First week of Advent
Today is the first day of Advent. The following format tells us about this practice but can also be used by families or groups, with younger people asking the question and others answering. What is Advent?
Advent is a tradition of Christians that means "coming" and calls us to live in the tension of how Jews felt while waiting for the Messiah. They waited for Emmanuel, God with us.
What do we wait for?
We're waiting for the return of Jesus, but until he comes, we live expectantly as disciples who seek the light of Christ in a dark world.
Is that why we light candles?
Yes, four candles are lit, one each week. Some people make wreaths with four candles. My family has a block of wood that my sister gave us that says, "Jesus is the light of the world" and has space to put four votive candles. We've lit the first candle with family during Thanksgiving weekend and spoke about Jesus as our light who is coming.
Isn't this just a tradition of men and not biblical?
The return of Jesus is certainly biblical and Adventus is Latin translation for the Greek biblical word, "parousia," meaning second coming. So Advent is both a reminder of how the Jews waited for Messiah and also a reminder that we wait for the return of our Lord Jesus Christ.
Here are the first two weeks of Advent, and we'll post next two later.
Make an Advent Wreath Take a shallow bowl and fill with sand or salt and place four purple candles around the edges, or use candle holders. Place one large white candle in the middle. Make a circle of evergreens and place around the bowl or candle holders.
You need a Bible, matches, and you can also use a manger scene. Light one candle during this week’s reflection. The second week, light two, then three the third week and four the fourth. On Christmas Eve, light all and the middle white candle. Set aside some time each week for this short ceremony. Invite those who are alone to join you in worship. Use the telephone to join someone. Gather as a family or with friends.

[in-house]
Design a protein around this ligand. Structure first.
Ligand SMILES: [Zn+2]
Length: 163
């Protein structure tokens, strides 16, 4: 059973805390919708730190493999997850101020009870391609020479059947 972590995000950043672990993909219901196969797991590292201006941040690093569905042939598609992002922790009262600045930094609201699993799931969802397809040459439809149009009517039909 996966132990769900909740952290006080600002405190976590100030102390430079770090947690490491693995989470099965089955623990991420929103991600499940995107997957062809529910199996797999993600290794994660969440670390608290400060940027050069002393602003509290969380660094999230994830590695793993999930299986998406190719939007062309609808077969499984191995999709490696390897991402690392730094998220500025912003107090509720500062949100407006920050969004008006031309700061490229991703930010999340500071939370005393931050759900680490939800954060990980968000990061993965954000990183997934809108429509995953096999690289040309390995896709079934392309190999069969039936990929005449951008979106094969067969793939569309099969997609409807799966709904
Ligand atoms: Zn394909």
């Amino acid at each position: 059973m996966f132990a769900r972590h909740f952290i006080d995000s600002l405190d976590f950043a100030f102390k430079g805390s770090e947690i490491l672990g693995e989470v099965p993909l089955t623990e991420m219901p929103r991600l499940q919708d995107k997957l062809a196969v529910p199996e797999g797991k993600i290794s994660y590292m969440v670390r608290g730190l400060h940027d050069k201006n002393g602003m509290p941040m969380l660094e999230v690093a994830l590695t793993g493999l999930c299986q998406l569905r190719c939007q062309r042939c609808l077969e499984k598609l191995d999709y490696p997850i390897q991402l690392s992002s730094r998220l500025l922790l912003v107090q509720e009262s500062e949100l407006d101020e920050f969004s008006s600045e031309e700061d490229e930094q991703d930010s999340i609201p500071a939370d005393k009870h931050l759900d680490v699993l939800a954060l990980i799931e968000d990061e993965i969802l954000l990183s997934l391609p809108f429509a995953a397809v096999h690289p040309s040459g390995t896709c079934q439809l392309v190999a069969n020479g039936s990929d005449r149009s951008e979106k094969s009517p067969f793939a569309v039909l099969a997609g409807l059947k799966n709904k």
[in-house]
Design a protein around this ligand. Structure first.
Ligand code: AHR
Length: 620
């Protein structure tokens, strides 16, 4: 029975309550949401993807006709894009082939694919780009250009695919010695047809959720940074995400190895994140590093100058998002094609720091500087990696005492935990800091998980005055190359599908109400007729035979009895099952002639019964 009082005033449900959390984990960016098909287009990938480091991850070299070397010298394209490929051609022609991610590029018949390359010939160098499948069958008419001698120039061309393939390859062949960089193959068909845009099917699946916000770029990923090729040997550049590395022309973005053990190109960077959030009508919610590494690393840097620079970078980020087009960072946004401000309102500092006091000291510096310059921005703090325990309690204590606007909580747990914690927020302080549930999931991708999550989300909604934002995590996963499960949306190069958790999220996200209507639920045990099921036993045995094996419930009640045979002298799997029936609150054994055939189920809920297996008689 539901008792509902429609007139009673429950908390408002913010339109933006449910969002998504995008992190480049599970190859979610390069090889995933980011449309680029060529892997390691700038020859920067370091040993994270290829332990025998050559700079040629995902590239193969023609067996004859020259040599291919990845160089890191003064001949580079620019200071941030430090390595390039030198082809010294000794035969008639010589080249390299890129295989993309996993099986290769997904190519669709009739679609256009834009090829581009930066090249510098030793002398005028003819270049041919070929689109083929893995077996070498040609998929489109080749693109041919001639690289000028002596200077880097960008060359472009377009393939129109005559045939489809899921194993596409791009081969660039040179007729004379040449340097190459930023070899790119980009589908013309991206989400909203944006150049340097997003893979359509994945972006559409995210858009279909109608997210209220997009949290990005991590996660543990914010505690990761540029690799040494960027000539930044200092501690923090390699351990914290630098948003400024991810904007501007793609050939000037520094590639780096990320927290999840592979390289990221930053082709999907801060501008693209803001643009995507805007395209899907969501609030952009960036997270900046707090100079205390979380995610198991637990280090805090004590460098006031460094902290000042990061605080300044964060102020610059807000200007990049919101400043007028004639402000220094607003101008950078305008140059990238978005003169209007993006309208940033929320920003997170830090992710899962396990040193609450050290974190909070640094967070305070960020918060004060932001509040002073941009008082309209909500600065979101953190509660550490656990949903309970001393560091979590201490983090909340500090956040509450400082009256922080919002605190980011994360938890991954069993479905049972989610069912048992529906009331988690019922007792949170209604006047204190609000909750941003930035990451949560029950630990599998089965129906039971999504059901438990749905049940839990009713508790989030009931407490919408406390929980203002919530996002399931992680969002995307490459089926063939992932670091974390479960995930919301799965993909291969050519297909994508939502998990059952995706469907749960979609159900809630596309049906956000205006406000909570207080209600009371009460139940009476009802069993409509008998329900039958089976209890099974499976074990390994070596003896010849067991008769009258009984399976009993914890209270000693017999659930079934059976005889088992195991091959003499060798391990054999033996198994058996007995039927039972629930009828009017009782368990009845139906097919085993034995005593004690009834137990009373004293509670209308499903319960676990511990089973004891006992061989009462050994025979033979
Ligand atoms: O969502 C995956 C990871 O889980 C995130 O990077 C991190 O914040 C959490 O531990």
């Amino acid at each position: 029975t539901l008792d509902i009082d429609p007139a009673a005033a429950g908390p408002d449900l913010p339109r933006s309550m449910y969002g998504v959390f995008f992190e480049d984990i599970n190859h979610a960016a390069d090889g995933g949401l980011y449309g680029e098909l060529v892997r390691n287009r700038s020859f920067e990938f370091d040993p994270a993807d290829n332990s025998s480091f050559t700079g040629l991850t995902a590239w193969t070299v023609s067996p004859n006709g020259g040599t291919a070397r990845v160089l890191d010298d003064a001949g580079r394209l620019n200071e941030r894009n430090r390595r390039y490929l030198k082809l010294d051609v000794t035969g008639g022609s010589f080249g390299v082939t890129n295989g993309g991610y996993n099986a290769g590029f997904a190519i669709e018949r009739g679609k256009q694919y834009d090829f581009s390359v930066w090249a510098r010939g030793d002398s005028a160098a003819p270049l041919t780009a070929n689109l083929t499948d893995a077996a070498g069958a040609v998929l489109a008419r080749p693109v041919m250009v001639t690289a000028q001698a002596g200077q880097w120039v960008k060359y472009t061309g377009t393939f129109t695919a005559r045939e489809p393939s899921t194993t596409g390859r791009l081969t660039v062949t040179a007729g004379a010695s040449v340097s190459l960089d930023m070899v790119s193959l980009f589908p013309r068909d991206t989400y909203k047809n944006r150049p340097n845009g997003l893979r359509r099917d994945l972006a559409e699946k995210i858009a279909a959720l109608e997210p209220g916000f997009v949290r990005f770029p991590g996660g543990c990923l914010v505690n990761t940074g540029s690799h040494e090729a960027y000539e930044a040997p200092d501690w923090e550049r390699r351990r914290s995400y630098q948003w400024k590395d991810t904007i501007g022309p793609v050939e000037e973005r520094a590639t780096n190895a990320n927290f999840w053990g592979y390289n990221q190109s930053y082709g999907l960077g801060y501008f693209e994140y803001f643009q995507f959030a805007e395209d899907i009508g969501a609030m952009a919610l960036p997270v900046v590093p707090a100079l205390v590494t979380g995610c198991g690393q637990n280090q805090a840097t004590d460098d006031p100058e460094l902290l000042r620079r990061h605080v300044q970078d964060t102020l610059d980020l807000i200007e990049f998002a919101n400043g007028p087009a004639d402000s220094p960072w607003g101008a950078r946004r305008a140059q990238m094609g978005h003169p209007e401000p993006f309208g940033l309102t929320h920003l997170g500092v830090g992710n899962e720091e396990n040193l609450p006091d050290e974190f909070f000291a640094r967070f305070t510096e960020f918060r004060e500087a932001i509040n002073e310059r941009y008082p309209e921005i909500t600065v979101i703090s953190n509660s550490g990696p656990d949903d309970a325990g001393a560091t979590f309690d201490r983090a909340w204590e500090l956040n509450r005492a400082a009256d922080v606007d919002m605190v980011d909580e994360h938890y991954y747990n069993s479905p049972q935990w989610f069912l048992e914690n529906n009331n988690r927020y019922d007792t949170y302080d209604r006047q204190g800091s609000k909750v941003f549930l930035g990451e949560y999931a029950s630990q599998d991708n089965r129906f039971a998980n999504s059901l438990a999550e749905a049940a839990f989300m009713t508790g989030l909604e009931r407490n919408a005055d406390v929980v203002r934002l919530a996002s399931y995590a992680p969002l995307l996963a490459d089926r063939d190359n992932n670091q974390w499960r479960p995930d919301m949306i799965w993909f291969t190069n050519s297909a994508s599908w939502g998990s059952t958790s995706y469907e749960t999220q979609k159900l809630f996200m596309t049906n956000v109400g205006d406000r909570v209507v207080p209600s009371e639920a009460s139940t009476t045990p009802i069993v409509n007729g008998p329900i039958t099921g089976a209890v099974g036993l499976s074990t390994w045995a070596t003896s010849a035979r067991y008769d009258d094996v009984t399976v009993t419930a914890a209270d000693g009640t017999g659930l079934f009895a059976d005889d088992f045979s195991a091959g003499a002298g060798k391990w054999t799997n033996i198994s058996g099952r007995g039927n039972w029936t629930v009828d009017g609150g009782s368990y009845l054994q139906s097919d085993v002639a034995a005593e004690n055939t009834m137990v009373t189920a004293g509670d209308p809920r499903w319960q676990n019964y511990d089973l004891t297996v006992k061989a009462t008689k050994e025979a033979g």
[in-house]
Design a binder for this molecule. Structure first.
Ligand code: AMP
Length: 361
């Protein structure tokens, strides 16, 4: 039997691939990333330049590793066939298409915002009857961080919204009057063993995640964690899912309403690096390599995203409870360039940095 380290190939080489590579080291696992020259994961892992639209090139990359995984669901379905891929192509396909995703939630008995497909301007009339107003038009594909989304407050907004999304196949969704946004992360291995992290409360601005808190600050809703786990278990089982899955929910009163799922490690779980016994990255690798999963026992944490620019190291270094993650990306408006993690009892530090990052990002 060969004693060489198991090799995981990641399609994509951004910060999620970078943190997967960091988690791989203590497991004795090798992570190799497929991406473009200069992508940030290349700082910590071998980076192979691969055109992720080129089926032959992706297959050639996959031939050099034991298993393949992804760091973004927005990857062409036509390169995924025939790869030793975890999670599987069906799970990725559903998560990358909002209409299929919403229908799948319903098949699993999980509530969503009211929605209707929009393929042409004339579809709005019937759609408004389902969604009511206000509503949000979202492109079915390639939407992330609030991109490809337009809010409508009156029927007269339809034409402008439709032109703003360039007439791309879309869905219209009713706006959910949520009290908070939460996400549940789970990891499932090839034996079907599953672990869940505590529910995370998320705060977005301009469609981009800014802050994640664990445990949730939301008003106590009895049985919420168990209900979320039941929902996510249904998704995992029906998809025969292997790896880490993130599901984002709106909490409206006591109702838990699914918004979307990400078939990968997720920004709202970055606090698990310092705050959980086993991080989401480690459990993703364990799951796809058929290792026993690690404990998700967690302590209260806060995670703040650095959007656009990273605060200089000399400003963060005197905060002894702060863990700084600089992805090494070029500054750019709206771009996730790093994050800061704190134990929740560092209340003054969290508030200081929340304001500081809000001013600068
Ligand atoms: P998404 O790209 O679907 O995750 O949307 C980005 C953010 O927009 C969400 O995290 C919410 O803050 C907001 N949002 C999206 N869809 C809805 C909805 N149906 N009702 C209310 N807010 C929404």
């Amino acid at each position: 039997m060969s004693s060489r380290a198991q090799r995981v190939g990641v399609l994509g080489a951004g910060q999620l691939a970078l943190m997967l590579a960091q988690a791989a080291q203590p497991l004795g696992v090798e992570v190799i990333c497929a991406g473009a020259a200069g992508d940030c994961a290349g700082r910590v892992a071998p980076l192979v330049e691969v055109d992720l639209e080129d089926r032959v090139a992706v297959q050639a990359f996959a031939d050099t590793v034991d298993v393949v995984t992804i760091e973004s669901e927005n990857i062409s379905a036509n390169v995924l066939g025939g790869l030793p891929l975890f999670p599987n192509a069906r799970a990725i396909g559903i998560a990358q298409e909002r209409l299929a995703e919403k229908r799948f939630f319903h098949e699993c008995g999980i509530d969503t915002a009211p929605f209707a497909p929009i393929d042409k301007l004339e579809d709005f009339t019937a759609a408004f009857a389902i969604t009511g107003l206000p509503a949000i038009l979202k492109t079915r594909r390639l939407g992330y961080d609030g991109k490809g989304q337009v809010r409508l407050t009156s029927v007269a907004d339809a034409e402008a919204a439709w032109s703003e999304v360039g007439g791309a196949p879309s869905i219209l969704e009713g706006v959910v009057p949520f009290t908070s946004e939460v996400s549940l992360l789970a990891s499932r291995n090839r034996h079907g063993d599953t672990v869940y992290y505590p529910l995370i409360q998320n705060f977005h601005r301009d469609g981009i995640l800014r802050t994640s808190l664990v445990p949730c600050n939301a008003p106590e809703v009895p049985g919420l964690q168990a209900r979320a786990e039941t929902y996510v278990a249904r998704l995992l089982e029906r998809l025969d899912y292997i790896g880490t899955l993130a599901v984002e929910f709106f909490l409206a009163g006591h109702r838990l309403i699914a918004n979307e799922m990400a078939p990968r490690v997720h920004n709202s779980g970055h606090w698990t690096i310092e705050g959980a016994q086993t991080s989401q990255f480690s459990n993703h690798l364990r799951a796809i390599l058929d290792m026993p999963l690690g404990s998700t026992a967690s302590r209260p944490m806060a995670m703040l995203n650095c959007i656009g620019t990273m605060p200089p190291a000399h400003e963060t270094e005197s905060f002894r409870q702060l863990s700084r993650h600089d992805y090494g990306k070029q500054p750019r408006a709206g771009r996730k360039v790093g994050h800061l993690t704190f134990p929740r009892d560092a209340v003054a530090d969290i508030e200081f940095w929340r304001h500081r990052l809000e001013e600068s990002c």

First week of Advent: Read Isaiah 2:1-5; Romans 13:11-14; Matthew 24:36-44. Waiting for Advent also teaches us to wait for the return of Jesus. Light candle. Pray the Lord’s Prayer together.
Have a Family Meeting. Hold a family meeting to decide what your goals are for the holidays. What are your spending limits? Avoid debt. Put away credit cards.
Draw names. Consider drawing names rather than everyone giving something to everyone else in your giving circle. Set a budget. Don’t buy everything on a child’s list. Don’t rush out and get something for someone just because they got you something or to “equal” what you think they’ll get or to make the number of gifts equal. Consider giving the gift of time, a handmade gift.
Hope in a Bowl. Write down scriptures such as Isaiah 9:1-7 and Jeremiah 33:14-16—ones that announce coming of God’s redemption, Jesus the Messiah—on index cards. Drop the cards in a bowl. In the days leading up to Christmas, when you sit down to eat together, draw out a card and read the scripture.
Idea for 2nd Sunday of Advent – Dec 7 Light 2nd candle.
Read Luke 2:25-26 What is unique about this man? Read the passage again. What word do you hear repeated. How many times? Who is this man and what is he waiting for? What are we waiting for at Christmas?
Pray: Say the Lord’s Prayer together.
Do: With your Nativity scene at home . . . What if we hide Wise Men, Shepherds, Jesus until we read that part of the story closer to Christmas, then we put each person in as we read along?